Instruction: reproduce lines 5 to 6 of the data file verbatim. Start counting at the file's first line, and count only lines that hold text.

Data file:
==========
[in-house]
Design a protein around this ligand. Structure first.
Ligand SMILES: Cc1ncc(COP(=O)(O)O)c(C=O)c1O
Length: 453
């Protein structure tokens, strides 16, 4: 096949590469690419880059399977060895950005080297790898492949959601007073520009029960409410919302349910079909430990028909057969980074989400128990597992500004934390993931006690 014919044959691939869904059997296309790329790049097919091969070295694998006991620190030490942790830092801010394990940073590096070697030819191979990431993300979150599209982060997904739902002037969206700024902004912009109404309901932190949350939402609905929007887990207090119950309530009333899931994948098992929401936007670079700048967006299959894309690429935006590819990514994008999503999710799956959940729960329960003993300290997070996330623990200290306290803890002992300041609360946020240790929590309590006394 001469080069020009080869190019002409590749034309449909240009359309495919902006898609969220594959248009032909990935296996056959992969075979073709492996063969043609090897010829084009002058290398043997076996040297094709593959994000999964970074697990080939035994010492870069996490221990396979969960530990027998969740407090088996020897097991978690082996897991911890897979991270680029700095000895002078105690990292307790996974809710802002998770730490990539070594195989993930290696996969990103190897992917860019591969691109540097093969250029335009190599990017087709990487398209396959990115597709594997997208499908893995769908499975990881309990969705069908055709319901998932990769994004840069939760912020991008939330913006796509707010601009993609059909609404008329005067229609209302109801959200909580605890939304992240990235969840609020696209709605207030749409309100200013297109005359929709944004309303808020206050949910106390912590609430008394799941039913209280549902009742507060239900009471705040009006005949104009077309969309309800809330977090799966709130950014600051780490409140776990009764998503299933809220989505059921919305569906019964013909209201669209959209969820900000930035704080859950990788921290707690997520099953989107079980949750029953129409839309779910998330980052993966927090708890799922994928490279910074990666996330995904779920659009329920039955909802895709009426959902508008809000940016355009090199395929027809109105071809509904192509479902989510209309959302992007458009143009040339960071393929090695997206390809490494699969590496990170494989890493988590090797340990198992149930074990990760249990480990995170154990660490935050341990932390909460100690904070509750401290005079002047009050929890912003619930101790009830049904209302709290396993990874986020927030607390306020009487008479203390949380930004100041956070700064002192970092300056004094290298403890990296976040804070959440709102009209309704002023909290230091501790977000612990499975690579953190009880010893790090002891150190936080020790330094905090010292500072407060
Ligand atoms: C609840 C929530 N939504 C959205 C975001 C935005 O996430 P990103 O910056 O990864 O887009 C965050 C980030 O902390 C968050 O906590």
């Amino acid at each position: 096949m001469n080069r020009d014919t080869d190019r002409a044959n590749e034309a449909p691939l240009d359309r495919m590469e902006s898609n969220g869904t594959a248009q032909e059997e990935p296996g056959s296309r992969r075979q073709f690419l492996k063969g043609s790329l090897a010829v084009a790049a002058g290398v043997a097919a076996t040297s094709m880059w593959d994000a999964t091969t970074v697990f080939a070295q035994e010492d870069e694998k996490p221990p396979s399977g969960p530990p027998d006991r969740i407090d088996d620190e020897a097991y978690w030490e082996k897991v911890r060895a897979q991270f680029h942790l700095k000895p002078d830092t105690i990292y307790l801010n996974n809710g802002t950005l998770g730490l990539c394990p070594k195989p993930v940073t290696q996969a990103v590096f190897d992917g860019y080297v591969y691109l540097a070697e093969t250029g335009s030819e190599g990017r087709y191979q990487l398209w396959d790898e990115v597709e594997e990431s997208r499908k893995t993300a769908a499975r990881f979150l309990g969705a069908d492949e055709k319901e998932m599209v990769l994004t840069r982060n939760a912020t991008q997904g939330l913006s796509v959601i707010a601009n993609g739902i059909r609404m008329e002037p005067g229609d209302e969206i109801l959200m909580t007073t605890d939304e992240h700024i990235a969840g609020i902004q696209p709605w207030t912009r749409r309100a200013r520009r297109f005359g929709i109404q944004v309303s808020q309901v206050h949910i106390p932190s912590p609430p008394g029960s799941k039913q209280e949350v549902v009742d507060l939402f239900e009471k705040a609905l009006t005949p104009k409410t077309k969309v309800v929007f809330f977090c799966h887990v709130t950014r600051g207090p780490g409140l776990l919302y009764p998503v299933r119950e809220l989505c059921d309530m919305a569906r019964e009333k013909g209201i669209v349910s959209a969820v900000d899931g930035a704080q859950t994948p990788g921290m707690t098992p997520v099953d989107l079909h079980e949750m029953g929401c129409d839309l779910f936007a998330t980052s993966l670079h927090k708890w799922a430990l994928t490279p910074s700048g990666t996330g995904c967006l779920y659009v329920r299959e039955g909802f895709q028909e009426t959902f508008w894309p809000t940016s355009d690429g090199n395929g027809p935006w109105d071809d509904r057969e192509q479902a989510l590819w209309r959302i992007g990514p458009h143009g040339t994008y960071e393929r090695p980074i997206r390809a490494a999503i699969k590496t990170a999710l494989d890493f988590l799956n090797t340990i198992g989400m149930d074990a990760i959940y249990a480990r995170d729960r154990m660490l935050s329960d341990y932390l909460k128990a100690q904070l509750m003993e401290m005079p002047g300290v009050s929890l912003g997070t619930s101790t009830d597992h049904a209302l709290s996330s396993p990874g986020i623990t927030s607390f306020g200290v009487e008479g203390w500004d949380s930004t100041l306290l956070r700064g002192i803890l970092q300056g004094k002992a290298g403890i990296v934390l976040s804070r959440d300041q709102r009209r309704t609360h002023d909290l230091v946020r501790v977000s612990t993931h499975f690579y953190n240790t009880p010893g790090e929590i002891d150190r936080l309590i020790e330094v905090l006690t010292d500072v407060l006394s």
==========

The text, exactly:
């Protein structure tokens, strides 16, 4: 096949590469690419880059399977060895950005080297790898492949959601007073520009029960409410919302349910079909430990028909057969980074989400128990597992500004934390993931006690 014919044959691939869904059997296309790329790049097919091969070295694998006991620190030490942790830092801010394990940073590096070697030819191979990431993300979150599209982060997904739902002037969206700024902004912009109404309901932190949350939402609905929007887990207090119950309530009333899931994948098992929401936007670079700048967006299959894309690429935006590819990514994008999503999710799956959940729960329960003993300290997070996330623990200290306290803890002992300041609360946020240790929590309590006394 001469080069020009080869190019002409590749034309449909240009359309495919902006898609969220594959248009032909990935296996056959992969075979073709492996063969043609090897010829084009002058290398043997076996040297094709593959994000999964970074697990080939035994010492870069996490221990396979969960530990027998969740407090088996020897097991978690082996897991911890897979991270680029700095000895002078105690990292307790996974809710802002998770730490990539070594195989993930290696996969990103190897992917860019591969691109540097093969250029335009190599990017087709990487398209396959990115597709594997997208499908893995769908499975990881309990969705069908055709319901998932990769994004840069939760912020991008939330913006796509707010601009993609059909609404008329005067229609209302109801959200909580605890939304992240990235969840609020696209709605207030749409309100200013297109005359929709944004309303808020206050949910106390912590609430008394799941039913209280549902009742507060239900009471705040009006005949104009077309969309309800809330977090799966709130950014600051780490409140776990009764998503299933809220989505059921919305569906019964013909209201669209959209969820900000930035704080859950990788921290707690997520099953989107079980949750029953129409839309779910998330980052993966927090708890799922994928490279910074990666996330995904779920659009329920039955909802895709009426959902508008809000940016355009090199395929027809109105071809509904192509479902989510209309959302992007458009143009040339960071393929090695997206390809490494699969590496990170494989890493988590090797340990198992149930074990990760249990480990995170154990660490935050341990932390909460100690904070509750401290005079002047009050929890912003619930101790009830049904209302709290396993990874986020927030607390306020009487008479203390949380930004100041956070700064002192970092300056004094290298403890990296976040804070959440709102009209309704002023909290230091501790977000612990499975690579953190009880010893790090002891150190936080020790330094905090010292500072407060
Ligand atoms: C609840 C929530 N939504 C959205 C975001 C935005 O996430 P990103 O910056 O990864 O887009 C965050 C980030 O902390 C968050 O906590």